LUNCHTIME BOOK CLUB: Sue Monk Kidd’s The Invention of Wings
Women played a large role in the fledgling abolitionist movement preceding the Civil War by several decades but were shushed by their male compatriots if they pointed out their own subservient status. Noting the similarity between women having few rights and slaves having none in the pre-Civil War American South, Monk's (The Secret Life of Bees) compelling work of historical fiction stands out from the because of its layers of imaginative details of the lives of actual abolitionists from Charleston, SC-Sarah and Angelina Grimke-and Handful, a young slave in their family home. With her far more desperate desire for freedom, Handful steals the story from the two freethinking sisters while they wrestle with their consciences for years, still bound by society's strictures. VERDICT This richly imagined narrative brings both black history and women's history to life with an unsentimental story of two women who became sisters under the skin-Handful, a slave in body whose mind roves freely and widely, and "owner" Sarah, whose mind is shackled by family and society. [See Prepub Alert, 7/8/13.]-Laurie Cavanaugh, Holmes P.L., Halifax, MA (c) Copyright 2013. Library Journals LLC, a wholly owned subsidiary of Media Source, Inc. No redistribution permitted.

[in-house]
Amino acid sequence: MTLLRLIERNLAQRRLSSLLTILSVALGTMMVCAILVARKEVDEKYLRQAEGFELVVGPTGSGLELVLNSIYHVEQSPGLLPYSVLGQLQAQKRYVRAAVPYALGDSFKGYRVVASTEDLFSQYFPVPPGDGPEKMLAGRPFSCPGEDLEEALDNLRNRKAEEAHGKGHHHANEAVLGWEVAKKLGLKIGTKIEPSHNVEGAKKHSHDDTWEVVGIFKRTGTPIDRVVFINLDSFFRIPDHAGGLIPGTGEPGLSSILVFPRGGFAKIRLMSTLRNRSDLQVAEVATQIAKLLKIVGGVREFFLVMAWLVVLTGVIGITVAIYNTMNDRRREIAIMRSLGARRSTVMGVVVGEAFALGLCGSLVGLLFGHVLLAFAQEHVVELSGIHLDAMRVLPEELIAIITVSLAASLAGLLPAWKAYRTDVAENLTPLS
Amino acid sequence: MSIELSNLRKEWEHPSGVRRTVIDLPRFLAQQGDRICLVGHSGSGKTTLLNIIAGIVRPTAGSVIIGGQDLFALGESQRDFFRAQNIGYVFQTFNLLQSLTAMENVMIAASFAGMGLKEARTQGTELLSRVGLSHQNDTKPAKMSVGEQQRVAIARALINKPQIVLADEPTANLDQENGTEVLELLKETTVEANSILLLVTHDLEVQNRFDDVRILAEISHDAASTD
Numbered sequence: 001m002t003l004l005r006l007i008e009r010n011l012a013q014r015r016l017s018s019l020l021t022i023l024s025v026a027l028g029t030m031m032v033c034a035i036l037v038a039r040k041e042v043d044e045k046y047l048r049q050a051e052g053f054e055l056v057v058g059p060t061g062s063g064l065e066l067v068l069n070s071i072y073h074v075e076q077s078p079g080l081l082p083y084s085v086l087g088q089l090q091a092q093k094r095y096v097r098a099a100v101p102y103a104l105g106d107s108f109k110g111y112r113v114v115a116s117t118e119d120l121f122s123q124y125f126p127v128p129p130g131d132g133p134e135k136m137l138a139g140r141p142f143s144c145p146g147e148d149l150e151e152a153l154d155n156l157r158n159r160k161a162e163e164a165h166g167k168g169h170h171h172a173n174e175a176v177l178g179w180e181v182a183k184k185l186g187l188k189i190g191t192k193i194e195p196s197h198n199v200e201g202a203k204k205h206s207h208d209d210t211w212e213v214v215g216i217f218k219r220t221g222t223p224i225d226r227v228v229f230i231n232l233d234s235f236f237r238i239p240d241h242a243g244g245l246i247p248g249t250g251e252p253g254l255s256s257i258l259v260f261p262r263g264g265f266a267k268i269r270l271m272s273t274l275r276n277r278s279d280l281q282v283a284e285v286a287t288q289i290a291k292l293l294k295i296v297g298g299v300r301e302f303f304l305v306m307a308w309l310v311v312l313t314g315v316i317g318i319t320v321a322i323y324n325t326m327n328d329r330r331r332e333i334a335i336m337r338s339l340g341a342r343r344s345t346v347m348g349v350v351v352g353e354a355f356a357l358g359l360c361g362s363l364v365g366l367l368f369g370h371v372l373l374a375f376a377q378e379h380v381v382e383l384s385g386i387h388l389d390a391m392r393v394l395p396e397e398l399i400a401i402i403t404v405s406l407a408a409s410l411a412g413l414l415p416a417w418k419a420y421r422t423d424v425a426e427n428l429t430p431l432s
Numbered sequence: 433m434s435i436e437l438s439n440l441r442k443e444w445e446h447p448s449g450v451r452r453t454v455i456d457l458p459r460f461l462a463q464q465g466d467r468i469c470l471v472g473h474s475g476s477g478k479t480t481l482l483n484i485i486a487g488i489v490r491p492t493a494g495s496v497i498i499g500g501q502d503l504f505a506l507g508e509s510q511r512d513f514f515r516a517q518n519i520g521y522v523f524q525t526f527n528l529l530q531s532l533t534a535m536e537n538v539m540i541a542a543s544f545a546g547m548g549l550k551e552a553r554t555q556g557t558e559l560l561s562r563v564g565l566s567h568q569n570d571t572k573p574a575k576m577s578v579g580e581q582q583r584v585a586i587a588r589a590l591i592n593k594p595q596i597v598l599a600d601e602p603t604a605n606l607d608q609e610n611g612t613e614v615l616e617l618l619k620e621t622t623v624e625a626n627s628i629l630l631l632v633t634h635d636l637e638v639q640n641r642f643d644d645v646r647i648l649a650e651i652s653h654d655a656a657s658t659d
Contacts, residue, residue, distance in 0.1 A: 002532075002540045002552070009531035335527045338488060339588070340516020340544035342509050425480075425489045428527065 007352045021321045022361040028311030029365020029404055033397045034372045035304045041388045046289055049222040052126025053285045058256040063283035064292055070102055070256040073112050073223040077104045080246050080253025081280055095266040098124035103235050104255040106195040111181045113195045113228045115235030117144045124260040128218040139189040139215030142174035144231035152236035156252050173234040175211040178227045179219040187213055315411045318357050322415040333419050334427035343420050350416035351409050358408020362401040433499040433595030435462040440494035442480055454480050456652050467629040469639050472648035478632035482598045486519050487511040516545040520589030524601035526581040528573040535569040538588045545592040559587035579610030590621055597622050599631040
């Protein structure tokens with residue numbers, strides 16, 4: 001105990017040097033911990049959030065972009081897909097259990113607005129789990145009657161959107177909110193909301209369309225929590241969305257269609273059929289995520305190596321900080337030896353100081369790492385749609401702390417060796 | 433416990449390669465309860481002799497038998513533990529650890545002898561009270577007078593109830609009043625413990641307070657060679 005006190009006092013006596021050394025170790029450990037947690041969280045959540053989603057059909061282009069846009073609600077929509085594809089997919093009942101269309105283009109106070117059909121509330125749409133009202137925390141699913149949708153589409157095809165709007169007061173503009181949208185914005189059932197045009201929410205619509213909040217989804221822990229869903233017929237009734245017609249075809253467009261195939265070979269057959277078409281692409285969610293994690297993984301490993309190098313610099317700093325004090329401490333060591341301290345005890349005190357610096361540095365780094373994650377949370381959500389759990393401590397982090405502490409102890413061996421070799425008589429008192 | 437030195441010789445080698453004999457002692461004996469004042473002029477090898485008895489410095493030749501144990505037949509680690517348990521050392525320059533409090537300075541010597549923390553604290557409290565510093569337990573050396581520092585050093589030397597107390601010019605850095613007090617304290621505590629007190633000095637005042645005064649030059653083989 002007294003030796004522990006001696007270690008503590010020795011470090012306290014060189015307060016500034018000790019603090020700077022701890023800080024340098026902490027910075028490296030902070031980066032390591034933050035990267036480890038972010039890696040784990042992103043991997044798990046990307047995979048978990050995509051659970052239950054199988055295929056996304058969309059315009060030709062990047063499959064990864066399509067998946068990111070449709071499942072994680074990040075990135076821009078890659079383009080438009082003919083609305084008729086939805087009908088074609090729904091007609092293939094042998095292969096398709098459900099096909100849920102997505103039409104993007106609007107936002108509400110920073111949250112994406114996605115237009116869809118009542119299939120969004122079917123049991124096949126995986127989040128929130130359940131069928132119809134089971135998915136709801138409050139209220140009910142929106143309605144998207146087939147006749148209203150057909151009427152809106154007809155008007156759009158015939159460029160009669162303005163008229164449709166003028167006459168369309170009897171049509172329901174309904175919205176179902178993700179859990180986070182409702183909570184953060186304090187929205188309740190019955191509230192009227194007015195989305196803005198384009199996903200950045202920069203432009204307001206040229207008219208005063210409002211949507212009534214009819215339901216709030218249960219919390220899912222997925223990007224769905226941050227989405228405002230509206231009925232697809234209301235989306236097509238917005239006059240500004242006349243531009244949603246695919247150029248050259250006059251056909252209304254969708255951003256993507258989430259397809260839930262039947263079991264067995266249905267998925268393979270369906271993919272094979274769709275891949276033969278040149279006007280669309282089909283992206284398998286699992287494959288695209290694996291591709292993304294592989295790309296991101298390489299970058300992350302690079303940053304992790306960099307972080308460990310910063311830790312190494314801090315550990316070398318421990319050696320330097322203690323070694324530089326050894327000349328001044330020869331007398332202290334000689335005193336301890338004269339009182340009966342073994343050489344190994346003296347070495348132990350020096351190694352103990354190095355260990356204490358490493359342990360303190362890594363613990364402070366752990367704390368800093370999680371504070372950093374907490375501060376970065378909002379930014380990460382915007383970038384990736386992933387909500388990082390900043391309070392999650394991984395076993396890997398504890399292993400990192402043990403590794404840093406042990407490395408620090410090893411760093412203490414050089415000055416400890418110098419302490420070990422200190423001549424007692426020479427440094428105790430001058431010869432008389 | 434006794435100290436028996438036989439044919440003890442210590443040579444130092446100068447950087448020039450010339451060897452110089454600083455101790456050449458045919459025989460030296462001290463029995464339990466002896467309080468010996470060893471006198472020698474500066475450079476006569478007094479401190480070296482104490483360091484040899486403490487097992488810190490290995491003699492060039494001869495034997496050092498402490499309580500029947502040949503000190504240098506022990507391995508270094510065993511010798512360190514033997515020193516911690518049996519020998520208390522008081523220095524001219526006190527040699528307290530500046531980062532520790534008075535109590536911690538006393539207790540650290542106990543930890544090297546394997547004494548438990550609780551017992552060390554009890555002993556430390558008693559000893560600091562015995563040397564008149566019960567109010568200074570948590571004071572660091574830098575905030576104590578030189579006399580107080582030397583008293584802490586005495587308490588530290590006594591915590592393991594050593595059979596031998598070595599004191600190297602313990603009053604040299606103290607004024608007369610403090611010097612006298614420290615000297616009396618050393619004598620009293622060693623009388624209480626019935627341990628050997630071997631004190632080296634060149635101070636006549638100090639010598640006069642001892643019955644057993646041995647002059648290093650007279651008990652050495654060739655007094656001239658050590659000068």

The Lunchtime bookclub is the same as the Bud Werner Library Book Club, but it meets earlier in the day. Both clubs read the same titles, but on different dates and times. The Adult Book Clubmeets once a month and is facilitated by Bud Werner Library's Circulation Services Manager, Michelle Dover. The book club is designed to be inclusive, supportive and meet the needs and interests of the group. The club is open to anyone interested in participating and you need not attend all the discussions, just pick the ones that interest you! Group is limited to 15 participants per meeting. Sign up at the circulation desk, call 879-0240, or register online.